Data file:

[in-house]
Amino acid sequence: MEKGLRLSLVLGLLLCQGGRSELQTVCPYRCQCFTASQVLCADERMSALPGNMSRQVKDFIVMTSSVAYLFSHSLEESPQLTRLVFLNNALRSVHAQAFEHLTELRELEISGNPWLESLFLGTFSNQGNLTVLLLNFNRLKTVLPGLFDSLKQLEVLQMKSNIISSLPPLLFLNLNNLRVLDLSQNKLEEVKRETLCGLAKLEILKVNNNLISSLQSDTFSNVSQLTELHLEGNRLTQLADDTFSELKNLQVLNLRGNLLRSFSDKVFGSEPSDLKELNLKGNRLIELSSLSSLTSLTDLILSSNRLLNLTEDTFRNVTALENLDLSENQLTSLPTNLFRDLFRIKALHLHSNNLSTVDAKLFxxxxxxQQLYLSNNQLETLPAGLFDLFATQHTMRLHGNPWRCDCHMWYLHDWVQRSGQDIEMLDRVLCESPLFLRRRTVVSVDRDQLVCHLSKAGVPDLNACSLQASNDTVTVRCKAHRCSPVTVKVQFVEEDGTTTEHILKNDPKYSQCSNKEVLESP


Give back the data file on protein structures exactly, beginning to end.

[in-house]
Amino acid sequence: MEKGLRLSLVLGLLLCQGGRSELQTVCPYRCQCFTASQVLCADERMSALPGNMSRQVKDFIVMTSSVAYLFSHSLEESPQLTRLVFLNNALRSVHAQAFEHLTELRELEISGNPWLESLFLGTFSNQGNLTVLLLNFNRLKTVLPGLFDSLKQLEVLQMKSNIISSLPPLLFLNLNNLRVLDLSQNKLEEVKRETLCGLAKLEILKVNNNLISSLQSDTFSNVSQLTELHLEGNRLTQLADDTFSELKNLQVLNLRGNLLRSFSDKVFGSEPSDLKELNLKGNRLIELSSLSSLTSLTDLILSSNRLLNLTEDTFRNVTALENLDLSENQLTSLPTNLFRDLFRIKALHLHSNNLSTVDAKLFxxxxxxQQLYLSNNQLETLPAGLFDLFATQHTMRLHGNPWRCDCHMWYLHDWVQRSGQDIEMLDRVLCESPLFLRRRTVVSVDRDQLVCHLSKAGVPDLNACSLQASNDTVTVRCKAHRCSPVTVKVQFVEEDGTTTEHILKNDPKYSQCSNKEVLESP